Drupal Planet

Drupal 8 configuration management: what about small sites and distributions?

In a recent blog post, Drupal 8 co-maintainer Alex Pott highlighted a seismic shift in Drupal that's mostly slipped under the radar. In Drupal 8, he wrote, "sites own their configuration, not modules".

To see why this change is so far-reaching, it's useful to back up a bit and look at where exportable configuration comes from and what's changed.

Open Outreach welcomes new partner Praxis Labs

A managed hosting service will be the first fruit of a new partnership between Chocolate Lily Web Projects and the Montreal-based cooperative Praxis Labs aimed at strengthening and expanding the nonprofit-focused Open Outreach Drupal distribution.

Collaboration between Chocolate Lily and Praxis comes out of a community engagement process that began last fall.

What can Joomla learn from Drupal about distributions?

Browsing joomla.org, I recently noticed the following in the Joomla roadmap:

The Joomla! CMS [content management system] seeks to create a variety of distributions of the CMS to address a variety of common niche markets.

Good idea!

As a Drupal developer with a longtime focus on distributions ("distros"), I'd like to support this Joomla initiative. As a first step, as followup to posting in the Joomla development forum, I thought I'd try to write up some observations on Drupal, Joomla, and distros.

I've written this with an intended audience of Joomla developers. But if you're a Drupal contributor, please wade in as well!

A multiplicity of Open Outreach sites

As the developers and maintainers of the Open Outreach distribution for nonprofits, we’re curious to see who is using the distribution to further their website building efforts. The results are a surprising mix of causes we support, as well as those we're less excited about. That's all part of the mix of open source development. So here’s a bit of an overview of what we’ve recently discovered about who’s using Open Outreach.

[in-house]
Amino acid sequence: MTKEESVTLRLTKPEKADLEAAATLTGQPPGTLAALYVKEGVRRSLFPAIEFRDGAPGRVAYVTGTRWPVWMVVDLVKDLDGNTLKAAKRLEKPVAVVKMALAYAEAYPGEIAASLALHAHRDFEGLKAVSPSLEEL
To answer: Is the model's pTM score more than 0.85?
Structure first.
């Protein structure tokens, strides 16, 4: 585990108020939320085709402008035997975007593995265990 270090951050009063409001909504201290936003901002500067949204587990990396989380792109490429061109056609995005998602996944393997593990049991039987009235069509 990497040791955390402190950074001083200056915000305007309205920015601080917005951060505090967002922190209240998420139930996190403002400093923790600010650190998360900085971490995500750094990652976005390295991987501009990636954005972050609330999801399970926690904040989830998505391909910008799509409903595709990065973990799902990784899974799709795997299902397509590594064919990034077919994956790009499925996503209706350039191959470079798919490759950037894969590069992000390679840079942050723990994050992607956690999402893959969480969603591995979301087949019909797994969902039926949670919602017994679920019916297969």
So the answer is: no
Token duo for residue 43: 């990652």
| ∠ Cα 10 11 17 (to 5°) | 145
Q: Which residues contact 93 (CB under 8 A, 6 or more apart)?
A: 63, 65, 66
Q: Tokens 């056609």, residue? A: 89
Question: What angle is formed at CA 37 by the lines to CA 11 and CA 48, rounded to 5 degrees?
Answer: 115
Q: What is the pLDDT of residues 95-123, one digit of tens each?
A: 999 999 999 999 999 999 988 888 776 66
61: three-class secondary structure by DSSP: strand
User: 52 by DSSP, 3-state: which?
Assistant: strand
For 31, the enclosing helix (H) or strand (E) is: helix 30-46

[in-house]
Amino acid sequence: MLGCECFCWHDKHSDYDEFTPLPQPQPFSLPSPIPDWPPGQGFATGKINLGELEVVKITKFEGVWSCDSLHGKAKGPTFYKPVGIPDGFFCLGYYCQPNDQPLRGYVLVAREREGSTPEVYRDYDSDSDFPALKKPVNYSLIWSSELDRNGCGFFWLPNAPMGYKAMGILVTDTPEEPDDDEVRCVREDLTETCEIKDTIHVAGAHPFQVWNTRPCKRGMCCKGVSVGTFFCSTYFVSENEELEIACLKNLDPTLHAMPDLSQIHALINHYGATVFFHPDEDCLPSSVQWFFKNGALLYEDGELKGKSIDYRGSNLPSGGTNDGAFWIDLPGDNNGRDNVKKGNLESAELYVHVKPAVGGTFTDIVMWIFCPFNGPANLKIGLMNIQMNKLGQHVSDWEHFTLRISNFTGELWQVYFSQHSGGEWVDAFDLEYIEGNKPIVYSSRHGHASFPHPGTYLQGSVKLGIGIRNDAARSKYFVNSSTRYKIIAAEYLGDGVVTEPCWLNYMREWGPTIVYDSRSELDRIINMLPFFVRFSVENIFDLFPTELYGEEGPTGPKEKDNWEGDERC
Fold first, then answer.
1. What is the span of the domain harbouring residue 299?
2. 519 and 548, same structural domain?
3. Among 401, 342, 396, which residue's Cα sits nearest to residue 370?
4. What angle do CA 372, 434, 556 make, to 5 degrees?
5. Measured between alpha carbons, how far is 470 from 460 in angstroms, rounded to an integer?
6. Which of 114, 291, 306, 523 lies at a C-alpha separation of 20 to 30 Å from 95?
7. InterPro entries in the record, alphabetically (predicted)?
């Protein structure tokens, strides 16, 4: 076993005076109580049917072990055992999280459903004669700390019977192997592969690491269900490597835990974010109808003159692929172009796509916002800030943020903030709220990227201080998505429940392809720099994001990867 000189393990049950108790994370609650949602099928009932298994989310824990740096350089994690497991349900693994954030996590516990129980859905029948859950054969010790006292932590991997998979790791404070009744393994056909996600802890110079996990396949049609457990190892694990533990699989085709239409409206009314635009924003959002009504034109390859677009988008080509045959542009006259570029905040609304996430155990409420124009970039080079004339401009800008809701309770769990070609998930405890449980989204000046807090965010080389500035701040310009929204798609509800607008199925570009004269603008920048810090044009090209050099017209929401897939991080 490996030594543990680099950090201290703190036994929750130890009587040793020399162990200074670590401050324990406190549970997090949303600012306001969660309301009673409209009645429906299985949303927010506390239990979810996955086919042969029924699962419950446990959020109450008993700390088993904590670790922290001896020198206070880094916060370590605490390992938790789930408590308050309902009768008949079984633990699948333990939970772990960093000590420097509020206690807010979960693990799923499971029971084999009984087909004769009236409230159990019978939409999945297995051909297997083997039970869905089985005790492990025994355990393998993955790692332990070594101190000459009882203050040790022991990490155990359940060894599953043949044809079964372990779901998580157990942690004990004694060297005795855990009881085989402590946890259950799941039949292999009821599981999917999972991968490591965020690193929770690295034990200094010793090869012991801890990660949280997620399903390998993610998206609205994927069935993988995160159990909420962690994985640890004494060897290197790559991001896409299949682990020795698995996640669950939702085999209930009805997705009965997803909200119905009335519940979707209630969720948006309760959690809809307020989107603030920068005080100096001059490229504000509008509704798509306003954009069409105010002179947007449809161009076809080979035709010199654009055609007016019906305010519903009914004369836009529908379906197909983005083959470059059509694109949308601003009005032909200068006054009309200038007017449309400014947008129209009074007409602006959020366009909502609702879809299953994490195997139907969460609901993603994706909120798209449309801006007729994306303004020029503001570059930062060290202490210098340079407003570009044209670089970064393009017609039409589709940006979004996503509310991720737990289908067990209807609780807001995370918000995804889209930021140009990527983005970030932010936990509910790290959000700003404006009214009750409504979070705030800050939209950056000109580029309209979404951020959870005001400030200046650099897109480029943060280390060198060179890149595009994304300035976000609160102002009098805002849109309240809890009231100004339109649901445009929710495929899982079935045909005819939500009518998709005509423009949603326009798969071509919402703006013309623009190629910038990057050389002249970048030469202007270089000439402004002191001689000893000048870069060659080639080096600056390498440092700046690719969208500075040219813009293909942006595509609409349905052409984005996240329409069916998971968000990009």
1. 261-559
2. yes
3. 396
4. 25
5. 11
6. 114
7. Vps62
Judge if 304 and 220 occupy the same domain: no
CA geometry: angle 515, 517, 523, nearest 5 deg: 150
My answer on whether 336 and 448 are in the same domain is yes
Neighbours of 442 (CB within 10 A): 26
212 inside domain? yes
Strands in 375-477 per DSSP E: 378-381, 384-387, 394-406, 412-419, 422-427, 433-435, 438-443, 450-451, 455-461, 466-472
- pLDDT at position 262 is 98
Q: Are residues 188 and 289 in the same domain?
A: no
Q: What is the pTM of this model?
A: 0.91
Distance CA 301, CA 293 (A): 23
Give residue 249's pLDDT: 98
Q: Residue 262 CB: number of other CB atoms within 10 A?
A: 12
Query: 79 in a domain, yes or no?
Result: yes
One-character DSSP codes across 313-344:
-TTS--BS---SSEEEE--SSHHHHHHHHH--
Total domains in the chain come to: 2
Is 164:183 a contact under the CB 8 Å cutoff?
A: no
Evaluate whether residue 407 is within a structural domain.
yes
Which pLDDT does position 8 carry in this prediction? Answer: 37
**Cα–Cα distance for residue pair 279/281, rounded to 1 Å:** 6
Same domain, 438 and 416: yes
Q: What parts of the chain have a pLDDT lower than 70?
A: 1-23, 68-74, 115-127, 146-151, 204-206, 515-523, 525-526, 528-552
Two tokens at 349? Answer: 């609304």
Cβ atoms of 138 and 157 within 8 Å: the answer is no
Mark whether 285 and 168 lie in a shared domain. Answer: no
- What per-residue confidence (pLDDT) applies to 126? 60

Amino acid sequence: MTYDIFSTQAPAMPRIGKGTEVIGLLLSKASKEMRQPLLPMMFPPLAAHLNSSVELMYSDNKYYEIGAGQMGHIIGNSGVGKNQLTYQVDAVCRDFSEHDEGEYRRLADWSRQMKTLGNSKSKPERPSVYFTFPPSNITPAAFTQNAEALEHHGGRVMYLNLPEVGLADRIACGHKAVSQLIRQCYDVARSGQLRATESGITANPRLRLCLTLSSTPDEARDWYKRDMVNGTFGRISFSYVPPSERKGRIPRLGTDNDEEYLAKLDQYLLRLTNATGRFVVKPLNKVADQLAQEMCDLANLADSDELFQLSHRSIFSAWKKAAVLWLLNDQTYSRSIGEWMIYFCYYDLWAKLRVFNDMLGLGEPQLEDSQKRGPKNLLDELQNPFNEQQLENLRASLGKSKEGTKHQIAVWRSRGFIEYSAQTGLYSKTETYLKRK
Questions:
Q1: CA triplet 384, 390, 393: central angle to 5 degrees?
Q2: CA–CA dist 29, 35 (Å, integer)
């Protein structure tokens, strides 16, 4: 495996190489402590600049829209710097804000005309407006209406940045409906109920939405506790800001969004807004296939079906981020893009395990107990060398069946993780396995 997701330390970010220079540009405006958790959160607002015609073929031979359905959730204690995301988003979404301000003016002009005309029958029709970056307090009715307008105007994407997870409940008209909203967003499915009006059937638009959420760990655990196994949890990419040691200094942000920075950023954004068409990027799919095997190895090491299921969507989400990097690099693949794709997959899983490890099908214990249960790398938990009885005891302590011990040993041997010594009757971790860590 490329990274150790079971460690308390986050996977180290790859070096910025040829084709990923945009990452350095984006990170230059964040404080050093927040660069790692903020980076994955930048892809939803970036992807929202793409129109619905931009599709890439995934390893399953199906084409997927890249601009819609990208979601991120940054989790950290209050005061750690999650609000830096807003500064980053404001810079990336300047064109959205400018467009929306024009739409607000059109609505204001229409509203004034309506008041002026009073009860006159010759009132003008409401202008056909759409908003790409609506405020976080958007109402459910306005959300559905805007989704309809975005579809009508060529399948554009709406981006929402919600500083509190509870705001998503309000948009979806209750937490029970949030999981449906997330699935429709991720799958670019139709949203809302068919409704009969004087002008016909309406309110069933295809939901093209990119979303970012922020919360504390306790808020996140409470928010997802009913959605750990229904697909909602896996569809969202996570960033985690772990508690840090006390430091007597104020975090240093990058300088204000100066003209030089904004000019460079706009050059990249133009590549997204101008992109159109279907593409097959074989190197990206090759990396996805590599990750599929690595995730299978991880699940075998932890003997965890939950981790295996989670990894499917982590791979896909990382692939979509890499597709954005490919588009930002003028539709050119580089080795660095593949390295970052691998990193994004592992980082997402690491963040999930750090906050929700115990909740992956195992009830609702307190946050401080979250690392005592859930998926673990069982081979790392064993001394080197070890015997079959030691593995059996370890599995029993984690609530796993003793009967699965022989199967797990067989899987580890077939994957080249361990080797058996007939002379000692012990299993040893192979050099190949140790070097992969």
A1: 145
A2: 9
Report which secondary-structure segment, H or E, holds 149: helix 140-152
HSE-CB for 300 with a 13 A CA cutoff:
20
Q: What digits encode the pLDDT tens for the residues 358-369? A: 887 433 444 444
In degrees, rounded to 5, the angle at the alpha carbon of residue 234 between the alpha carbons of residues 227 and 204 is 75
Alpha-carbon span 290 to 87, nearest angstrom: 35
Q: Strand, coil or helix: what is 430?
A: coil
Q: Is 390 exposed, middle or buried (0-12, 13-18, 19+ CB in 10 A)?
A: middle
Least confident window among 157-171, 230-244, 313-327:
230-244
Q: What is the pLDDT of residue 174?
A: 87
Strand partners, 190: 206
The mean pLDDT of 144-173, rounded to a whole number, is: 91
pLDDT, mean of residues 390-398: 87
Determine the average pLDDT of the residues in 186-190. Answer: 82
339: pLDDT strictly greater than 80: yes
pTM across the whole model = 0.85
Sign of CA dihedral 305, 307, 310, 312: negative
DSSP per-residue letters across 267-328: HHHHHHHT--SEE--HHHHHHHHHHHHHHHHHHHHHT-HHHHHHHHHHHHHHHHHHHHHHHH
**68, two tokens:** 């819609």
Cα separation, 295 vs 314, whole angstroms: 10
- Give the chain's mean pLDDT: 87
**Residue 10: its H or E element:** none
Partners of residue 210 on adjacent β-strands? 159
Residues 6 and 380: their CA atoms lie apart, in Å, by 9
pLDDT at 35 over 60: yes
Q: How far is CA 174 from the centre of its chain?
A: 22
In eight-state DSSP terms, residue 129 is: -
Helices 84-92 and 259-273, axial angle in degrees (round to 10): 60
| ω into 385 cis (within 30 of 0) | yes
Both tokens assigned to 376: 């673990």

"Drupal distros sound great, but...."

Despite the great Drupal distributions available, most Drupal site builders have yet to start using them regularly for building client sites.

There seems to be a bunch of perceptions out there about the limitations and difficulties of using distros, some of which may have been true at one time but are increasingly less so. So, following up on my "There's a distribution for that" post yesterday, here's a top ten list of reasons given for not using a Drupal distribution, with some reasons you might want to think again.

"There's a distribution for that"

If you're a group having a Drupal website built for you, one of the first questions you should ask is, "What distribution will you base the site on?"

And conversely if you're a Drupal site builder with a new site to build, you should start by asking, "What distribution will I base this one on?"

True, not every site will lend itself to being based on a distribution ("distro" for short). A few sites will be so large, or idiosyncratic, or both, that basing them off a distro doesn't make sense. And some will have focuses that don't yet have a solid distro option. But for the rest - and that means most sites built today - a distro is likely to be a great fit.

Why use a distro? The more pertinent question might be, why wouldn't you?

For both users and developers, well designed distros offer a ton of advantages over a one-off site: